The fact is for many older, hence lower cost drugs, their total cost is less than the prescription plan standard co-pay. If you have drug coverage through your employer, that plan should provide your co-pay is the lesser of the drugs total cost or x dollar or percentage. You might want to check that out.
There is no reason your drug plan of any kind should make money on your co-pay. It’s not enough, although good advice, to ask the pharmacist about cash payment (especially on low cost drugs), you need to challenge your plan and its application of co-pays.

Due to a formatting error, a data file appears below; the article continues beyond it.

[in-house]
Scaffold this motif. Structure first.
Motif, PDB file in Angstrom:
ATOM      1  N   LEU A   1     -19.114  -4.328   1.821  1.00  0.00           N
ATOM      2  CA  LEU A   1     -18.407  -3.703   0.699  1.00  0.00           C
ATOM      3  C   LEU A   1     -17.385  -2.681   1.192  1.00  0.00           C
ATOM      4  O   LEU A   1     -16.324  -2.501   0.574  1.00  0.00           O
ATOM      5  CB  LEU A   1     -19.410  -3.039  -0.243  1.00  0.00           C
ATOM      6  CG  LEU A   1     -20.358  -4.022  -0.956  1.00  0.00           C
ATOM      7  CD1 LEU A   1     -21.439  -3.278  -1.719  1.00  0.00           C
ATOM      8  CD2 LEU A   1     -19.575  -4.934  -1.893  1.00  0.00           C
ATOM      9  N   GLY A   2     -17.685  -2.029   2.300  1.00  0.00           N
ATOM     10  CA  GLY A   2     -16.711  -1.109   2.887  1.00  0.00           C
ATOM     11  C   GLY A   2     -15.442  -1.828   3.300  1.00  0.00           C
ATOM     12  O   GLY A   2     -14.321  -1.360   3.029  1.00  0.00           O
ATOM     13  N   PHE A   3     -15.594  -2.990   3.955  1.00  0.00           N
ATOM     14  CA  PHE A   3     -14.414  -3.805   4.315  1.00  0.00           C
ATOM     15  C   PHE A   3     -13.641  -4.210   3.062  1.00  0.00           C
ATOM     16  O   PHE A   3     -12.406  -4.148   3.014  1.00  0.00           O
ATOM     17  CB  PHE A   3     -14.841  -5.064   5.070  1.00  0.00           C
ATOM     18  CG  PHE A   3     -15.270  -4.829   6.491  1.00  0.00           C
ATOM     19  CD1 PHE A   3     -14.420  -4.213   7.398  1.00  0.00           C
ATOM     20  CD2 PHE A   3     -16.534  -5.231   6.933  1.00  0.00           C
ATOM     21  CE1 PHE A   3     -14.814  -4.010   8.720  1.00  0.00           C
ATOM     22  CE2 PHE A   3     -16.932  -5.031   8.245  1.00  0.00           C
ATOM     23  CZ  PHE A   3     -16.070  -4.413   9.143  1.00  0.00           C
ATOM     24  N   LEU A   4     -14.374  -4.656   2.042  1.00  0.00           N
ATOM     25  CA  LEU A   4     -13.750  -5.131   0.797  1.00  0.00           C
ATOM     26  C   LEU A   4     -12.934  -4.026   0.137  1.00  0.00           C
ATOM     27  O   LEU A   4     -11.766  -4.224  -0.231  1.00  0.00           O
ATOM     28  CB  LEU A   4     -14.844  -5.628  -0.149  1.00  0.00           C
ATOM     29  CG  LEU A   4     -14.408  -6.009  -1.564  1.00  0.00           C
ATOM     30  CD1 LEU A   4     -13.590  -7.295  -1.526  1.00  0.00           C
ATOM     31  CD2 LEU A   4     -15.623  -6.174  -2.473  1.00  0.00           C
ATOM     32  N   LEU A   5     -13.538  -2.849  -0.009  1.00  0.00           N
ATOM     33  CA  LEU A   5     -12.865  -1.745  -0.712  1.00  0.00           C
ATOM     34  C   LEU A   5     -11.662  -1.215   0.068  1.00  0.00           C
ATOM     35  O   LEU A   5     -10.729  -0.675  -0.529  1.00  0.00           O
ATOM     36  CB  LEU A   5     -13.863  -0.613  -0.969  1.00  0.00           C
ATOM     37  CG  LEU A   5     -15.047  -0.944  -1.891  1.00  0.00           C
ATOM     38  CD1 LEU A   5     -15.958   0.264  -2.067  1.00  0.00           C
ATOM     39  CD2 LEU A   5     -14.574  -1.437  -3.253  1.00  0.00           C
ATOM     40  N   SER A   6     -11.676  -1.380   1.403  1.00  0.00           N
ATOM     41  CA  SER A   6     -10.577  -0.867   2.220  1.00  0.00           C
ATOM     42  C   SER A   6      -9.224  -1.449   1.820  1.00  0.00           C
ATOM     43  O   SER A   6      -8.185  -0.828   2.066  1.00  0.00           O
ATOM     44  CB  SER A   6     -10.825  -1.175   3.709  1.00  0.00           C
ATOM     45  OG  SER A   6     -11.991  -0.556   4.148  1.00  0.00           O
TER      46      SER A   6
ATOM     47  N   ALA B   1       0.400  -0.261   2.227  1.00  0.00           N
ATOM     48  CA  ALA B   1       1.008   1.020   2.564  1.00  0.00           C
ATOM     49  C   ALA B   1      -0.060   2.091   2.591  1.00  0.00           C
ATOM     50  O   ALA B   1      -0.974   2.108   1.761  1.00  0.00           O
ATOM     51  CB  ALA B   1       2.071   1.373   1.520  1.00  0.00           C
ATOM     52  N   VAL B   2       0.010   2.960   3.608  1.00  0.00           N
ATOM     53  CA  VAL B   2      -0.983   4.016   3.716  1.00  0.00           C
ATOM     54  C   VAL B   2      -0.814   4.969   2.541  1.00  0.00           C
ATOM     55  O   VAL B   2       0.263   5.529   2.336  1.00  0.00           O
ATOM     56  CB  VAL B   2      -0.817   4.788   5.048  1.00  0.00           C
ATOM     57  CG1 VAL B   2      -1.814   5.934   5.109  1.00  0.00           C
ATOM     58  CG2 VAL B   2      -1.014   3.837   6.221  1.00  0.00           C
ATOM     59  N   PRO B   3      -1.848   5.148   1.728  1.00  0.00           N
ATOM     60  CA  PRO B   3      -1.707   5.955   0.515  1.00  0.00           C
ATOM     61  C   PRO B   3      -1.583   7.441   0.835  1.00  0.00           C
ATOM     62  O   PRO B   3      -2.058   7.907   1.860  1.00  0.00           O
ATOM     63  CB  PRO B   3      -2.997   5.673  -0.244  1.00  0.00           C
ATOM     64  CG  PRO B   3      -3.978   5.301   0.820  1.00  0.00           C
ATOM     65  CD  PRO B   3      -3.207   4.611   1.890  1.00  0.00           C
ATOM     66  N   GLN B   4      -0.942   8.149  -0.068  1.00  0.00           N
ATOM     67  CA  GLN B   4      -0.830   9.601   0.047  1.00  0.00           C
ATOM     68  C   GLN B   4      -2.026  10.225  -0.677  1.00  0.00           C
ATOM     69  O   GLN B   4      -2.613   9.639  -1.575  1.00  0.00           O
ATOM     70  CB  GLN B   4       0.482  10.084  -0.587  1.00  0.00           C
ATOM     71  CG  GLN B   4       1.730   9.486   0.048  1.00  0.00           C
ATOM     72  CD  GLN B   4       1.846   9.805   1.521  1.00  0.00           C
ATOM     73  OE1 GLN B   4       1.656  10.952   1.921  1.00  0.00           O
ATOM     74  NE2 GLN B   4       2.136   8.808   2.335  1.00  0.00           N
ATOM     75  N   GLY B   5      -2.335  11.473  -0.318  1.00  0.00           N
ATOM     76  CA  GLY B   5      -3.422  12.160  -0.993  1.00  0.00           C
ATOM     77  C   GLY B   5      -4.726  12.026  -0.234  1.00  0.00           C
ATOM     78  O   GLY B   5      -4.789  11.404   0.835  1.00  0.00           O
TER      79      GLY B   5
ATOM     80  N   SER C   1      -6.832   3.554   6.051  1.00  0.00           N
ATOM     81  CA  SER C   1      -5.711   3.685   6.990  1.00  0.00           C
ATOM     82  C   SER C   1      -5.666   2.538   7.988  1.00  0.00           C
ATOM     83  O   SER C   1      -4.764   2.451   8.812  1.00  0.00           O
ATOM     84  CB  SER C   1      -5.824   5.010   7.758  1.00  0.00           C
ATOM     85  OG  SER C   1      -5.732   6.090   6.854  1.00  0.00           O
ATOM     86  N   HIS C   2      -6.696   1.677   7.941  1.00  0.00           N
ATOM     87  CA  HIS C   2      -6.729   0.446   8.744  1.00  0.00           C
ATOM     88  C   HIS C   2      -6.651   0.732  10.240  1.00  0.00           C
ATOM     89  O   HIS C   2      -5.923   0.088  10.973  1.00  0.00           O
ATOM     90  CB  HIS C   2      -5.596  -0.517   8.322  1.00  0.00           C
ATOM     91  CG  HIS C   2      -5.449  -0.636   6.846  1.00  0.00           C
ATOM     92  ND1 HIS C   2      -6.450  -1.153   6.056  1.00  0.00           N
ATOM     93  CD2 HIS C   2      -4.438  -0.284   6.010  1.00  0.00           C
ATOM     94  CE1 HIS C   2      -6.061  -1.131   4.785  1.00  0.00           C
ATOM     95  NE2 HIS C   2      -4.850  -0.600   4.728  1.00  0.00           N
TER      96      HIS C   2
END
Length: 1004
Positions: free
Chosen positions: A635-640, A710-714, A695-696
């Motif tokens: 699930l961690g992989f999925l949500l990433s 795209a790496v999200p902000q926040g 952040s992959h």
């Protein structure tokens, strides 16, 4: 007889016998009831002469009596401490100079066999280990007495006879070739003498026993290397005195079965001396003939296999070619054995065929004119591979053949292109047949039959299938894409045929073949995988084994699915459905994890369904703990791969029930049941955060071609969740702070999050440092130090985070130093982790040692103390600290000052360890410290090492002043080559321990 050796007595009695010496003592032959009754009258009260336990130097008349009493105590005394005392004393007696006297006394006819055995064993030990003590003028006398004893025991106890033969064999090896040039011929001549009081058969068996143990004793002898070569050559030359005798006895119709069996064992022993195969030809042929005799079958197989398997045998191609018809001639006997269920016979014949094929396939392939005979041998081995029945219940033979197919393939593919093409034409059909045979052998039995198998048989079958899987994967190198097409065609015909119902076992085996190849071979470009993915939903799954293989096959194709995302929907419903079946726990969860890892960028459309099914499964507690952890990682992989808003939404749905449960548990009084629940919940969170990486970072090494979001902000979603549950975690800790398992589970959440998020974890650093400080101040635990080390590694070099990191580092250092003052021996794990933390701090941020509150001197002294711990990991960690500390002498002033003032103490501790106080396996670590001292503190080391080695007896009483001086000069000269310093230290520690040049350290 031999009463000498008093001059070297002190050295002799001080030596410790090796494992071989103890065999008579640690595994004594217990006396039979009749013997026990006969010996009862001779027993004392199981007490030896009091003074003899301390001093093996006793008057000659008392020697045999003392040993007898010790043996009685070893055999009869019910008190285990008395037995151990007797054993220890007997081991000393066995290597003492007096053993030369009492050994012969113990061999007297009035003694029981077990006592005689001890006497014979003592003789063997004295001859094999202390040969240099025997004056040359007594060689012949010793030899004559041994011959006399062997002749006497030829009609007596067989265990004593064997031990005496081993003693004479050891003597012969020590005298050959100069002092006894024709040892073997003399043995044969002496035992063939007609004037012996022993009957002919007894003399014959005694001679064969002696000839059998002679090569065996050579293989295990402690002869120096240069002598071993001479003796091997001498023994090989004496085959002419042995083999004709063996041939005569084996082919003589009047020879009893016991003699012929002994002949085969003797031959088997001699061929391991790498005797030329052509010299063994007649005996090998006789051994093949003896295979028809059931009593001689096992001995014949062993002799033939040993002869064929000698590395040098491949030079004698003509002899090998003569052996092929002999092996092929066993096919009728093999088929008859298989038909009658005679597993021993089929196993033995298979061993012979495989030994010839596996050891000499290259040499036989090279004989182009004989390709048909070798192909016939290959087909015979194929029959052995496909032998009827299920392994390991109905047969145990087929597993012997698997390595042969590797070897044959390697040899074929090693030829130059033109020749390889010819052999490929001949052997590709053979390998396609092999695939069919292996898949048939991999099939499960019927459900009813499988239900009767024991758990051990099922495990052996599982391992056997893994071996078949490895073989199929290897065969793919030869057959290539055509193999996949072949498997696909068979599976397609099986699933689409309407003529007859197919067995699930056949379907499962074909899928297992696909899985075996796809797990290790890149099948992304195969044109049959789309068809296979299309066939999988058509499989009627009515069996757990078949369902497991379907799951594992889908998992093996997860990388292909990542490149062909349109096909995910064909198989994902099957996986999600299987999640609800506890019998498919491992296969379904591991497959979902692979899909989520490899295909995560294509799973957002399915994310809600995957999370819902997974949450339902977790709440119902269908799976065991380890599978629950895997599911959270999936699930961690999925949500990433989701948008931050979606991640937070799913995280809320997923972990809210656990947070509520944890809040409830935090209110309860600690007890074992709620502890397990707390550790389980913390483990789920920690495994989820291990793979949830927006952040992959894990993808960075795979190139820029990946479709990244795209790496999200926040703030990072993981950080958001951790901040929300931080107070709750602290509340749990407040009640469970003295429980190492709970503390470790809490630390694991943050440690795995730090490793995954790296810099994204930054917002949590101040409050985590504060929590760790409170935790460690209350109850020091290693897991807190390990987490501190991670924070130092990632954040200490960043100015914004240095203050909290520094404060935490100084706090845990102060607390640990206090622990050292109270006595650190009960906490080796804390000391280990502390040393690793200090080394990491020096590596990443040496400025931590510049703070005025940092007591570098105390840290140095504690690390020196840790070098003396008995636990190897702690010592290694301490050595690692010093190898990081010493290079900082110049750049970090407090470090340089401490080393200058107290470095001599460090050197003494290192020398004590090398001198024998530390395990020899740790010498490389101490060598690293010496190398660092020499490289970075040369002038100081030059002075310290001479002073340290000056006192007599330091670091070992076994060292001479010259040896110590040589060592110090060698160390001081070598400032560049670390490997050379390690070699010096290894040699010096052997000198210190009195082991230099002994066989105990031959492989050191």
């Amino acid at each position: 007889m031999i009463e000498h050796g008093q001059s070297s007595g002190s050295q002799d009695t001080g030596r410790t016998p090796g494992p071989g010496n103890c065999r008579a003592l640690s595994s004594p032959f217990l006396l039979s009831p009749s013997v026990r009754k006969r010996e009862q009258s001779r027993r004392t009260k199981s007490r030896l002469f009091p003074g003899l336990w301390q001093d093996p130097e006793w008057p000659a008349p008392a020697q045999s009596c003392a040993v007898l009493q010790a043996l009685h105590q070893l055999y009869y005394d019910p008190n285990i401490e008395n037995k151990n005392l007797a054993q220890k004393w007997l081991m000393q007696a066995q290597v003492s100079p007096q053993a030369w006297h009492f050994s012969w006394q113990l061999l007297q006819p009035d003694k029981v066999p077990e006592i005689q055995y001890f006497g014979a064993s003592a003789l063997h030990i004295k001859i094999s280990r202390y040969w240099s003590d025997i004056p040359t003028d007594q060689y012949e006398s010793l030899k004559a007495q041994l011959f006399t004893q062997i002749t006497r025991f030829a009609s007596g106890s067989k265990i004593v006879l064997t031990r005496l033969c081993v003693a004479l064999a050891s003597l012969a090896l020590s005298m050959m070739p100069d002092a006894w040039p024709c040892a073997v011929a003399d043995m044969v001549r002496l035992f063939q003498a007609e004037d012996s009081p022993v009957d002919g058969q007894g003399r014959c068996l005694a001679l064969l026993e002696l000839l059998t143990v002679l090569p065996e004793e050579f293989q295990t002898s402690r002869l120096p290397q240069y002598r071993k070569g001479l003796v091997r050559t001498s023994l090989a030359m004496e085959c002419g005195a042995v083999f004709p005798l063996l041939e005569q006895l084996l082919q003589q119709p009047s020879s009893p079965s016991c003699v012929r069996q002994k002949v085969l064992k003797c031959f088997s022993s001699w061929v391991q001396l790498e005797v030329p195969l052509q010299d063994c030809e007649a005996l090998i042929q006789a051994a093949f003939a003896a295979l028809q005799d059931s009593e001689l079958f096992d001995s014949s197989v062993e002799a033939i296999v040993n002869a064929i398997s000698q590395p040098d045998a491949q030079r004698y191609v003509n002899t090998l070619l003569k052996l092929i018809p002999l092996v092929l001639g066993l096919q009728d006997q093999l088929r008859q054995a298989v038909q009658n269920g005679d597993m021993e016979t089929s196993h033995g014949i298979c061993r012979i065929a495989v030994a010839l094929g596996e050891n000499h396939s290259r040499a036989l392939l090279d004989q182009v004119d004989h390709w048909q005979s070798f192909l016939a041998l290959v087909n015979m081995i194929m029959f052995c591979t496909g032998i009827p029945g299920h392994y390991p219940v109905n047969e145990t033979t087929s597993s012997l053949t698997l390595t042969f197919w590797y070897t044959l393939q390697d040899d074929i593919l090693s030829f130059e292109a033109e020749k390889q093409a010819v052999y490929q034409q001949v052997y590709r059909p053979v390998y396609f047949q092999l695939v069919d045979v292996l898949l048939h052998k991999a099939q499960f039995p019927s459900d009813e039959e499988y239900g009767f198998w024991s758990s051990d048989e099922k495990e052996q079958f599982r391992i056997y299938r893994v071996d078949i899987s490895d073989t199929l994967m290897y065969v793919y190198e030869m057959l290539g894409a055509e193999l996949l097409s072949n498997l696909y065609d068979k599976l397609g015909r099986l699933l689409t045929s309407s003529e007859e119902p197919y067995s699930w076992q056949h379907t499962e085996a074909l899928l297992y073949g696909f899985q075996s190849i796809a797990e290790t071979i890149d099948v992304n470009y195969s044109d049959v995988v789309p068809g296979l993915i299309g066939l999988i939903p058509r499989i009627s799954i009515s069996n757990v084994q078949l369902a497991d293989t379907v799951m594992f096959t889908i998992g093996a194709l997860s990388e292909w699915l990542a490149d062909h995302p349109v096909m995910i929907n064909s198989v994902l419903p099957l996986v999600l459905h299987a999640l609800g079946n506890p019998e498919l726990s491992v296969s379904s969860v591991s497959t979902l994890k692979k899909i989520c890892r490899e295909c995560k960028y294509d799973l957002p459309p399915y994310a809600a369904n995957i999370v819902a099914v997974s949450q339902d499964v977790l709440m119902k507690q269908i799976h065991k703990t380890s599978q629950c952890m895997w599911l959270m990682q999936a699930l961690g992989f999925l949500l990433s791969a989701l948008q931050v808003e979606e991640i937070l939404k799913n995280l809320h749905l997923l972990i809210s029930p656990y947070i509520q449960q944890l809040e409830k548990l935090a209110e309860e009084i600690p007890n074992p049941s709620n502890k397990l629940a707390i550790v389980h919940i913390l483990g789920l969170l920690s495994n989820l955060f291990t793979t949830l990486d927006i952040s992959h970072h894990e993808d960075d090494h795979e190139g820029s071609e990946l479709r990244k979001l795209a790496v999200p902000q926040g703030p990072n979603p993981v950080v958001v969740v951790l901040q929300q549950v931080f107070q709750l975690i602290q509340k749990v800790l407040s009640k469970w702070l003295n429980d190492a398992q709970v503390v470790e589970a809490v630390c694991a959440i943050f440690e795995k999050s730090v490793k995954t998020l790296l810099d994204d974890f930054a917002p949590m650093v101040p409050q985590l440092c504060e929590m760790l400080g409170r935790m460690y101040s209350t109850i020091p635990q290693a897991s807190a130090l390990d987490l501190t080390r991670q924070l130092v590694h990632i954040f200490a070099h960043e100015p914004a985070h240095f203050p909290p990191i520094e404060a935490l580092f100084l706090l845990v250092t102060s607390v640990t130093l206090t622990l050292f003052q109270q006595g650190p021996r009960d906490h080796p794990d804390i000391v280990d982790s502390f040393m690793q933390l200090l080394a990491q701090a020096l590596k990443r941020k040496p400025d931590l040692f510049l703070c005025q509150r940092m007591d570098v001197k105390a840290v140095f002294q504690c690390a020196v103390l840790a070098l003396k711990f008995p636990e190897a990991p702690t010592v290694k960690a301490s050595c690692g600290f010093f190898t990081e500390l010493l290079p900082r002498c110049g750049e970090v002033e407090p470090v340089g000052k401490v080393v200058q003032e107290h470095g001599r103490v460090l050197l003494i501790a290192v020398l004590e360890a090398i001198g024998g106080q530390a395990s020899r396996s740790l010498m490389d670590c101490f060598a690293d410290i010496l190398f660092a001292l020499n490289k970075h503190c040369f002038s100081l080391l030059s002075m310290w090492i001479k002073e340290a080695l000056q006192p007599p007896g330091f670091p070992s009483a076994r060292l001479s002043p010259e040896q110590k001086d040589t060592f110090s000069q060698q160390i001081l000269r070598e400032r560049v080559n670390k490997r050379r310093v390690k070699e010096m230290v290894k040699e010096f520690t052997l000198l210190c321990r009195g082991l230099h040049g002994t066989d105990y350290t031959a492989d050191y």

As a health economist, Karen Van Nuys had heard that it’s sometimes cheaper to pay cash at the pharmacy counter than to put down your insurance card and pay a copay. So one day, she asked her pharmacist how much her prescription would cost if she didn’t use her health coverage and paid cash. “And sure enough, it was [several dollars] below my copay,” Van Nuys said. Van Nuys and her colleagues at the University of Southern California Schaeffer Center for Health Policy & Economics decided to launch a first-of-its-kind study to see how often this happens. They found that customers overpaid for their prescriptions 23 percent of the time, with an average overpayment of $7.69 on those transactions.